Cooking for Kids: Complete Volume 1. DVDTransfer.com, 2006. 254 minutes. 4 DVDs, $69.05. ISBN 978-0-9726945-8-2

Interest Level: 5-8

Cuisine: Varied

This video set includes six episodes of Desiree Dorwart, an instructor of culinary arts at The Art Institute International Minnesota, teaching children how to cook. I was not able to view the entire set, but I did find and watch a clip of the sushi episode. I really enjoyed how Dorwart teaches kids the steps in preparing sushi, and what I saw in that nearly nine-minute clip reinforced what I read in Stephanie Bange’s review of this series for School Library Journal: Dorwart is clear in her explanations, and when she talks to kids, she makes sure to tell them what they need to know without ever being condescending (Bange notes this in her review, too). The video I watched was well lit, and the camera angles are good and allow viewers to see what is happening and understand what they need to do at home. Viewers also get to see kids cooking, so it is not just a video of an adult cooking while children watch. The reason I chose this video series was because some young chefs would prefer to have a video to watch rather than trying to teach themselves how to cook out of a book. It is helpful to see what a process is like before doing it oneself, and for kids who want to figure out cooking on their own, having a video to watch will help them be more independent in their cooking journeys.

 

Review referenced:

Bange, S. (2006, Dec. 1). Cooking for kids (Review of the video Cooking for Kids). School Library Journal 52(12). Retrieved from http://www.slj.com/

 

Video watched:

Cooking.For.Kids (screen name). (n. d.). Sushi roll recipe. ifood.tv. Retrieved from             http://ifood.tv/cooking/13545-sushi-roll-recipe

Reviews

Oh, yuck! Gross-Out cakes!

Barlow, Kathleen. Gross-Out Cakes: The Kitty Litter Cake and Other Classics. Silverleaf Press, 2006. 64 pages. Tr. $11.06, ISBN 978-1-933317-48-9

Interest Level: 5-8

Cuisine: Desserts

This book is disgusting. Flipping through the book is a truly amazing experience in gross-out foods. The photographs are clear, and more complicated processes have step-by-step photographs, which are hugely helpful given that this cookbook is all about making foods look like other things. Recipes include the infamous Kitty Litter Cake (complete with recommendations for varying levels of “grossness”), Toenail Torte, and Phlegm Brulée, amongst many, many others. Many recipes call for box cake mix, pudding mix, and store-bought cookies, but this helps make some of the complicated recipes easier for younger grossologist chefs; one does not need to know how to bake a cake from scratch to make these cakes, especially if the cake in question is going to be crumbled to make kitty litter “sand.” The reason that I chose this book was that it is so perfectly disgusting. Kids will find the illustrations nasty and giggle-worthy even if they do not wish to attempt a Blood Clot Cake, and I cannot build a cookbook selection without including this one. In a world filled with Pinkalicious Cupcake books, I have to balance out a collection with a “gross-out” collection, too. It might also entice some of my younger chefs who might not want to pick up a traditional cookbook just yet.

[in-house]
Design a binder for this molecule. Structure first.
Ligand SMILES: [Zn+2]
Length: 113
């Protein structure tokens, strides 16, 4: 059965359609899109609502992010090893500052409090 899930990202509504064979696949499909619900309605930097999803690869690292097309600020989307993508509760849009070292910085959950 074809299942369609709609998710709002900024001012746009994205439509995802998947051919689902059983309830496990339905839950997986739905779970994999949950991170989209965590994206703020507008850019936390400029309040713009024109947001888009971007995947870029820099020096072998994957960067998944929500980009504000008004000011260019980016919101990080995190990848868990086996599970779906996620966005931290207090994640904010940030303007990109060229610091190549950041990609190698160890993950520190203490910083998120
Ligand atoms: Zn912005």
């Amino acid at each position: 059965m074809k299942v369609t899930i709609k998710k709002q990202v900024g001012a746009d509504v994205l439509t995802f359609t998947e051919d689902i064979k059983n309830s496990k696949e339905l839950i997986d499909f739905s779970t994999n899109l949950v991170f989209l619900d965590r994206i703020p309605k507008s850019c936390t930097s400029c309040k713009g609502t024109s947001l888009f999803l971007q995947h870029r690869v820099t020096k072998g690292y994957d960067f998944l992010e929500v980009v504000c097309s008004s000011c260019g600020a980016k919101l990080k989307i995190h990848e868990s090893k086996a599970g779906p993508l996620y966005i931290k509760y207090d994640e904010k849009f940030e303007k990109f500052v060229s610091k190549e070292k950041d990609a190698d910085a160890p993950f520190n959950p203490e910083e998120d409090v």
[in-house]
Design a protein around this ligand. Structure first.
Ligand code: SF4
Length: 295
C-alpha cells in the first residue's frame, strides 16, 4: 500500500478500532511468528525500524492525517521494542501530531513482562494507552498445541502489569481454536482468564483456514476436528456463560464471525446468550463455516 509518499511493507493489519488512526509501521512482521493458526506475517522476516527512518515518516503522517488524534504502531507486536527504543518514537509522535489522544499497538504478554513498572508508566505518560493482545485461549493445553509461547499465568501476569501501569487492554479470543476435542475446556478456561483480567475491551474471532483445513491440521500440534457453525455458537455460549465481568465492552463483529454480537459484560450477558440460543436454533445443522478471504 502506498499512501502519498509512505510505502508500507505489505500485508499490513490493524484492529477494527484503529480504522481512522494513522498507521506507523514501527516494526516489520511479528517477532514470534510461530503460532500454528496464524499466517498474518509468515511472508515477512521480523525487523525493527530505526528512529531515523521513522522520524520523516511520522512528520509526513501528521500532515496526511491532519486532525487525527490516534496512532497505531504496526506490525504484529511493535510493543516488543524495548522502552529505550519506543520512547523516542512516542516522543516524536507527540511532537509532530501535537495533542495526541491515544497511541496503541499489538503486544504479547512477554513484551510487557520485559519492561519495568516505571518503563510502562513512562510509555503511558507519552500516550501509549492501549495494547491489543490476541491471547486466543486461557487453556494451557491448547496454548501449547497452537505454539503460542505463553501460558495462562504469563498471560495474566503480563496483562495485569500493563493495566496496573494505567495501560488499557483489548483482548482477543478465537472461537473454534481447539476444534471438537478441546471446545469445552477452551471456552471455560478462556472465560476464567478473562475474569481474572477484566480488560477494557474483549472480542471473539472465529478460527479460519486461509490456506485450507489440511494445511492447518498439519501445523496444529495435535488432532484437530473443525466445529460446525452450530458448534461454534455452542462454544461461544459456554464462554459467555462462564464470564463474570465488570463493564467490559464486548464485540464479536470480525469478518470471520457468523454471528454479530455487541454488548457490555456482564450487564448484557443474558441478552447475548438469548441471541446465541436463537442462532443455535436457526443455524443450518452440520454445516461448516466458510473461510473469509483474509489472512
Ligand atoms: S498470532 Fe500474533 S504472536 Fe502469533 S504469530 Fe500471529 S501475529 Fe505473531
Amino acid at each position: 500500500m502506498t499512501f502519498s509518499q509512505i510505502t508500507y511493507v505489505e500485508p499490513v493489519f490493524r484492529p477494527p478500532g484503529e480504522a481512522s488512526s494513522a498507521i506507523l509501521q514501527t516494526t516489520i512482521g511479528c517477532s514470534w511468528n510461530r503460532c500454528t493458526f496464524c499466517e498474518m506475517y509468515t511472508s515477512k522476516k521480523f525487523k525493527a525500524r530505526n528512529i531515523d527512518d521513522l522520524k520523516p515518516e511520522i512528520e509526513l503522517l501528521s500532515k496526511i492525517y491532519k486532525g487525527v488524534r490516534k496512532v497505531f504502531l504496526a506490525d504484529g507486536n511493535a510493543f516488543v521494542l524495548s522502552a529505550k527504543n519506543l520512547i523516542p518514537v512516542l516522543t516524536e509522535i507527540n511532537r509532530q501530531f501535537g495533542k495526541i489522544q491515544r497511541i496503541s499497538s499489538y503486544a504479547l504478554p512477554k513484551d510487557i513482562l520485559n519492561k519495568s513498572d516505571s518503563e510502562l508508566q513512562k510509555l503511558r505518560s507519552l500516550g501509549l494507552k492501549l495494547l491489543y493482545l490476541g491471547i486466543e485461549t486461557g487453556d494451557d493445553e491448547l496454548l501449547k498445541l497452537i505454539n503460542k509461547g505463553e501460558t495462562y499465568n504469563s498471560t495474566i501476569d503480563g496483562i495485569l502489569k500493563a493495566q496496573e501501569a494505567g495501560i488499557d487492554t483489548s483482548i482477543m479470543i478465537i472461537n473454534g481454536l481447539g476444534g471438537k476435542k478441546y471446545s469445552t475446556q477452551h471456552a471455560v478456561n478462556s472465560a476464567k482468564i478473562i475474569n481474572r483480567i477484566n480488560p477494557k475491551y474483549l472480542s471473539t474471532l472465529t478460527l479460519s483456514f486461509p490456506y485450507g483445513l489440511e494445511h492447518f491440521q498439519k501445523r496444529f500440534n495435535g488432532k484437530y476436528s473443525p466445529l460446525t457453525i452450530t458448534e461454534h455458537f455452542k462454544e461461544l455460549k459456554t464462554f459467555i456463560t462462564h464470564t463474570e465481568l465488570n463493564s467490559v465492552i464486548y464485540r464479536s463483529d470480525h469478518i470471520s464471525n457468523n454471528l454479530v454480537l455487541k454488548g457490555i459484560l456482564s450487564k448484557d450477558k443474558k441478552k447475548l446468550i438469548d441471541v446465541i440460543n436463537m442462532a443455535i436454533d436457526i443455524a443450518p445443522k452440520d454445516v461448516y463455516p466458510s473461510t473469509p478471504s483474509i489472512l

Review referenced: I turned to Amazon to see if book purchasers found this book useful, and found it to have 67% of all of its ratings be a 5-star review rating.

 

The SuiteQueen (screen name). (2006, Sept. 30). Perfectly gross!!! (Review of the book    Gross-Out Cakes: The Kitty Litter Cake and Other Classics). Amazon.com. Retrieved from https://www.amazon.com/Gross-Out-Cakes-Kitty-Litter- Classics/dp/1933317485

Reviews

Grow your greens: Garden to Table

Hengel, Katherine. Garden To Table: A Kid’s Guide to Planting, Growing, and Preparing Food. Scarletta Junior Readers, 2014. 144 pages. Tr. $13.61, ISBN 978-1-938063-42-8

Interest Level: 3-6

Cuisine: American New – NOT vegetarian

This book not only provides recipes for foods kids can make, but it also gives detailed instructions as to how kids can plant, nurture, and grow different herbs and vegetables. “Farm to Table” is something that I know many California schools are trying to teach their students more about, and having a book in the collection that will give students a “garden to table” experience can help kids figure out what goes into growing your own food and feeding your family. The photographs are amazing and give quite a bit of detail, and the instructions for both the planting and food preparation activities are clear and easy to follow. Each “planting” section includes graphics that show how deep seeds should be planted and how one’s pot should look inside (i.e., layers of soil, plant food, etc.). This book also includes allergy warnings where appropriate, explaining to readers what allergies are and why it is important to be aware of others’ allergies when preparing food for other people. Recipes in this book include ideas for Basil Parmesan Dip, Caprese Melts, Green Bean Salad, Potato Cakes, and more. This book leans towards savory dishes, but some cake recipes are included, so our young farmers can also make themselves some dessert. The reason that I chose this book was that it includes information not only on how to cook but also how to grow things that you can cook.